On Campus

Opportunities for signalling

I couldn’t help but chuckle when this event popped up on my facebook. I realize some of you may not be indocrinated, so I’ll post the concise summary here:

Female University Graduates in Newfoundland and Labrador earn $0.68 to every $1 a Male University Graduate earns.
To raise awareness regarding this issue, a bake sale is being held at MUN in the Loft, third floor of the University Centre. At this bake sale, goodies will be sold for $1 to men and 68 cents to women. And the evil Gapzilla may be lurking around…

I can’t find the study to which they refer, but for the sake of argument I’ll grant them their figures. Economists have always found the existence of these differentials puzzling at first glance. If, for some reason, you’re unwilling to pay a portion of the population their true worth, then your competitors will scoop them up and run you out of business using their talents. Systematic discrimination isn’t a supportable theory without some sort of way for employers to form a cartel against a segment of the population, i.e. on grounds of religion or law – neither of which we’ve had for awhile.

There are, however, lots of more realistic theories than multinational conspiracies to explain this gap and why there’s no need to ‘fix’ it. I’ll link a recent (June 2007) government study, which points out that record numbers of females are going to university, but their wages haven’t shown any tendency to converge to that of the male graduate. The figure they use is that 60%-ish of graduates are female, just so you know.

My personal belief (which I like to think is supported by the data, I’m just hesitant to claim absolute proof in these things) is that it comes down to self-selection. If I correctly recall the engineering faculty at MUN, the students were predominately male, perhaps 4:1? Engineering is probably the best-paid undergraduate course of study at Memorial, ergo we would expect that the earnings gap partially stems from more males choosing engineering compared to their female counterparts. Maybe they, on average, tend to like it better. Maybe women don’t feel comfortable in the department – but that’s sociology, not economics, so I won’t go there. Feel free to go there in the comments, however.

One way to fix this discrepancy would be to force a bunch of female liberal arts majors into the engineering department or other monetarily lucrative choices. Happen to like French literature? Folkore? Too bad, here’s your soldering set and math texts. Deal with it. Anyone think this is a good solution? Anyone?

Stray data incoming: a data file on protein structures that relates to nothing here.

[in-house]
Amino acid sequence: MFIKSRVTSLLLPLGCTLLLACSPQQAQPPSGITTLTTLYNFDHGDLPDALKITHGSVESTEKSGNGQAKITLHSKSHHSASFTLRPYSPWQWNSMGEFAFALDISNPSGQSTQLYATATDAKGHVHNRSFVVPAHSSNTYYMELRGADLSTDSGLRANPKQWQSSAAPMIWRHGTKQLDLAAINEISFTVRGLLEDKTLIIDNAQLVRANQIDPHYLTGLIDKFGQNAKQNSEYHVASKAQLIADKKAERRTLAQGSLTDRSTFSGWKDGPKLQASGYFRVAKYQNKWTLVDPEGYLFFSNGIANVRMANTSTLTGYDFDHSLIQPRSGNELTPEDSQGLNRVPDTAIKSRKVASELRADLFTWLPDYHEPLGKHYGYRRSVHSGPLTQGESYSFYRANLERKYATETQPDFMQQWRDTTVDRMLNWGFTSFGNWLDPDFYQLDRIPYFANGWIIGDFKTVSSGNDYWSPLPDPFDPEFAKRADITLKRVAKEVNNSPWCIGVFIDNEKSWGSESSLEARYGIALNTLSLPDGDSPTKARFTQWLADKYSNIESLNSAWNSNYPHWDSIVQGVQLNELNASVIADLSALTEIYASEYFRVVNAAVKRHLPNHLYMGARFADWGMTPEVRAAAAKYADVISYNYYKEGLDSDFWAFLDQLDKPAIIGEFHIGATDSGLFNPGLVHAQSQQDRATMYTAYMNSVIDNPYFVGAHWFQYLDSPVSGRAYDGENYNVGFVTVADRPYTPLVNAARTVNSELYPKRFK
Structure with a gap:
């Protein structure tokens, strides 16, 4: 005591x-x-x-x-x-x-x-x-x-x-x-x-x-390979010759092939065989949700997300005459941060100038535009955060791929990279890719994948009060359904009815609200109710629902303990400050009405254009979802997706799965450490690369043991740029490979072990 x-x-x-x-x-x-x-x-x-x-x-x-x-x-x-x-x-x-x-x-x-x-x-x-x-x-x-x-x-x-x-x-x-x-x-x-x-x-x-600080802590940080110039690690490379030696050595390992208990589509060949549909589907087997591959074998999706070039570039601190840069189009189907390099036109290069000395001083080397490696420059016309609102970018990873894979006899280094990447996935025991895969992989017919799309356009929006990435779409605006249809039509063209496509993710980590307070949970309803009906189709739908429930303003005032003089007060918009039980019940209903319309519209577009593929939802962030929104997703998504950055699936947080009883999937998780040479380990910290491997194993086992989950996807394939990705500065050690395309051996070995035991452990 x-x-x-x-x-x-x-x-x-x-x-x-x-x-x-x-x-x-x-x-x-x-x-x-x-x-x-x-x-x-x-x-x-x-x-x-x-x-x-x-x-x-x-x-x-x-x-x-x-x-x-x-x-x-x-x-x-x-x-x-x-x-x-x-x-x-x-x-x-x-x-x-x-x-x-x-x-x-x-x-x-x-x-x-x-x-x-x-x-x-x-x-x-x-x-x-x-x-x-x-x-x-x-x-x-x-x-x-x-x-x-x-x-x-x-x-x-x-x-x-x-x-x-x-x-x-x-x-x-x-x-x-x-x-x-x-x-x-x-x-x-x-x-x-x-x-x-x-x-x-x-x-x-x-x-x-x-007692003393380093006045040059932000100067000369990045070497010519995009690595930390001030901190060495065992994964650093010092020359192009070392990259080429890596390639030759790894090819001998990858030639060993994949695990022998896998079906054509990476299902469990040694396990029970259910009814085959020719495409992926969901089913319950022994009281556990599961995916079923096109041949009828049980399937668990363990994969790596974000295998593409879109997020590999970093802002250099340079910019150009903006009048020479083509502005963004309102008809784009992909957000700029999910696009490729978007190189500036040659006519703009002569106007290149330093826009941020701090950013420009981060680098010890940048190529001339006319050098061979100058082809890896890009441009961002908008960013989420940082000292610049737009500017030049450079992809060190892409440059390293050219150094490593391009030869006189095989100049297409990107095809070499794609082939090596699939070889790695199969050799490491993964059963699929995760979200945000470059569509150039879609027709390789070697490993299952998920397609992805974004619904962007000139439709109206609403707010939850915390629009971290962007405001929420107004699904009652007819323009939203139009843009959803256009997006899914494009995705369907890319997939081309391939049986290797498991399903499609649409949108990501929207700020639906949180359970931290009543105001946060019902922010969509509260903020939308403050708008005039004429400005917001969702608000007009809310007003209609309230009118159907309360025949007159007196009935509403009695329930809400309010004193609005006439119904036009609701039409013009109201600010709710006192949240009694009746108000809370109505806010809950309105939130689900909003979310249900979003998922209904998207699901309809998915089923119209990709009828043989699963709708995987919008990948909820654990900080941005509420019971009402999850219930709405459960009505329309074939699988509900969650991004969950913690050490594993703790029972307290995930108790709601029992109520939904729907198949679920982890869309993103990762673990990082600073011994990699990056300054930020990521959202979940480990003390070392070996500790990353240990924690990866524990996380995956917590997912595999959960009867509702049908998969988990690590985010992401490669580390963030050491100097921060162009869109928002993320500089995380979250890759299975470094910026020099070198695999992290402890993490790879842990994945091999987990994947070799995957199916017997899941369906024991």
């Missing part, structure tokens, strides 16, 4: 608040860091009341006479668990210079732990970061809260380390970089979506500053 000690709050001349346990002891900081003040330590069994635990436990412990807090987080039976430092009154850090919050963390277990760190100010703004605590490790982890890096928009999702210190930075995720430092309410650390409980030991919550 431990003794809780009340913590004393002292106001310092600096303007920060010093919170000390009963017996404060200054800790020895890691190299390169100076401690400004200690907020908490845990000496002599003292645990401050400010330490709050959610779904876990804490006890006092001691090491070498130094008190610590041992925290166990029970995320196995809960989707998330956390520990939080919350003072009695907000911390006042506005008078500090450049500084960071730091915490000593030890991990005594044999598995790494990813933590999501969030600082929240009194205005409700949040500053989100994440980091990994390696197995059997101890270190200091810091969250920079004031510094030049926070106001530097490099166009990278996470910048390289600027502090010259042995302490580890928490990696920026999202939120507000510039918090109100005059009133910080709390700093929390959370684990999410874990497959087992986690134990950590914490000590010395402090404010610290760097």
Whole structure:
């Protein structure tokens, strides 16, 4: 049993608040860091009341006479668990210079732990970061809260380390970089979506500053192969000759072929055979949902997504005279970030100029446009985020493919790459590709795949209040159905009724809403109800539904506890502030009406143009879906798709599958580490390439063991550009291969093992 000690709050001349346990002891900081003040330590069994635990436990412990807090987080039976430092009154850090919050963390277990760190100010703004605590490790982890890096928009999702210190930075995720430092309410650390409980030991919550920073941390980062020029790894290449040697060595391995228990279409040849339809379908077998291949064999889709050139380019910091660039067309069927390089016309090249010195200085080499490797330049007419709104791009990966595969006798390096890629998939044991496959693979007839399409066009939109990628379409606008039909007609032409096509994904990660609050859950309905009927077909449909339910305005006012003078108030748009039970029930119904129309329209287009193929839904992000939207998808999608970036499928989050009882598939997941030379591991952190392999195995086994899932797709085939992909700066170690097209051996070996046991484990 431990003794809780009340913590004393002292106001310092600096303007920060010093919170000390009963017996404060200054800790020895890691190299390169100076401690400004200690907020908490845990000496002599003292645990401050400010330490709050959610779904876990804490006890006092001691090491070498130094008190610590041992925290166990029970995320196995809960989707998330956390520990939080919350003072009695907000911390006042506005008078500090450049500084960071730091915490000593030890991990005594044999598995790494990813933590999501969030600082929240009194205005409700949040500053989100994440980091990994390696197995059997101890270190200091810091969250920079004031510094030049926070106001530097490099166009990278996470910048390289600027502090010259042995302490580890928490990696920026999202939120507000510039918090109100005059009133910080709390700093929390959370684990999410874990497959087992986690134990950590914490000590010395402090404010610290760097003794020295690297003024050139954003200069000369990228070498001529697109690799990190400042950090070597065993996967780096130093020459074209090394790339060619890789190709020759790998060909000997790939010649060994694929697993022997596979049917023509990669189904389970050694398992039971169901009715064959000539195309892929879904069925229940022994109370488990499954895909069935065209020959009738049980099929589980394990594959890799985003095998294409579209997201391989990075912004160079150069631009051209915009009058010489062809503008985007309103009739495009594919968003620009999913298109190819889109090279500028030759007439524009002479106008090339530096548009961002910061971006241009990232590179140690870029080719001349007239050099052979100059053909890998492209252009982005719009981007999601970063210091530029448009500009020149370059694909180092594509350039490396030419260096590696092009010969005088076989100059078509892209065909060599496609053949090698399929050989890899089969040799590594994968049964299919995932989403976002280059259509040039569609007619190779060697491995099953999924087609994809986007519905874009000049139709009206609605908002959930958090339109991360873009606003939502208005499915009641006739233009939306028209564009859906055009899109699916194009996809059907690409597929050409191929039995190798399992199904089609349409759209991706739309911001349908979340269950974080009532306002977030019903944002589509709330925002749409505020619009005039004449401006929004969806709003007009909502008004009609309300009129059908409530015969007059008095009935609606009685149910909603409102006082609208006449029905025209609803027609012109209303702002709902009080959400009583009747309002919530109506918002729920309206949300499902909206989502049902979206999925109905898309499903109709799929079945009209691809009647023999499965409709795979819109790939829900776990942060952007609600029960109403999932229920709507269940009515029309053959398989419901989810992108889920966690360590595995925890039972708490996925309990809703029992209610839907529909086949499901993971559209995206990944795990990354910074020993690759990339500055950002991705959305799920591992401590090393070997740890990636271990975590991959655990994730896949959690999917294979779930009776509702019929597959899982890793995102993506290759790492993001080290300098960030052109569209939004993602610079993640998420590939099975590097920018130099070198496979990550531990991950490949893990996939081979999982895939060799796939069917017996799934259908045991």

This is why economic models typically deal with utility, not money. There are more things to what makes a person happy than how fat their wallet is at the end of the month. If females place a higher value on leisure, or have preferences for less-lucrative majors because they’ll enjoy their careers more, these pay gaps are natural, a result of everyone doing what makes them happiest.

To return to the study, I’ll quote: “…university-educated women have lost ground to university-educated men. This is likely due to the fact that men and women continued to choose traditional disciplines during the 1990s, but only male-dominated disciplines saw improvements in average earnings.” Self-selection confirmed.

Okay, we have a second target for the conspiracy. Wages are rising much more in male-dominated professions. Well, if there are a lot more women graduating university than men, and each gender has different preferences over potential occupations, this is natural. Demand and supply. There’s a relative surplus of females crowding into the jobs that they prefer, which lowers the wages in those sectors, and the relative scarcity of labour in male-preferred careers drives up the wages needed to attract the necessary number of workers. The numbers in the paper say that about half the wage gap can be explained by the educational choices of females, and that’s before taking into this supply-and-demand mechanic.

This gets us 84 cents on the dollar as an absolute lower bound. If I wanted to try making a stab at explaining the rest, I’d put a few cents on the supply-demand as above, a couple more on maternity/anticipated pregnancies (employers hesitant to hire people they think will be on maternity leave for a long time, though with more dads staying with the kids, maybe this is changing; compensating government transfers may not show up in the data, either), a cent on the average higher ability for men to perform physical labour, a few more cents on the extreme tail of the distribution distorting the figures, e.g. business inheritances tend to go to sons, and on a related note, maybe Larry Summers for the last couple pennies?

Basically, the existence of the persistent wage gap between equally well-educated and capable members of disparate genders can be mostly attributed to the success of society at getting women into university relative to their male peers and the choices the two groups make once in university. I’m not saying the gap is 100% explained, but if you want to construct an argument based on evidence, you pretty much have to accept this as far and away the primary reason a pay gap exists.

P.S. If I was feeling particularly cynical today, I’d be tempted to suggest that this would be an excellent time for some males at MUN to develop a sweet tooth. A few cents extra on baked goods for the chance to ‘fight pay inequality’ in front of the female student body…?

P.P.S. The common statistical technique here is ‘Oaxaca decomposition’, feel free to google it if you’re so interested, but it doesn’t have a Wikipedia page…

Looking for more?

Get the Best of Maclean's sent straight to your inbox. Sign up for news, commentary and analysis.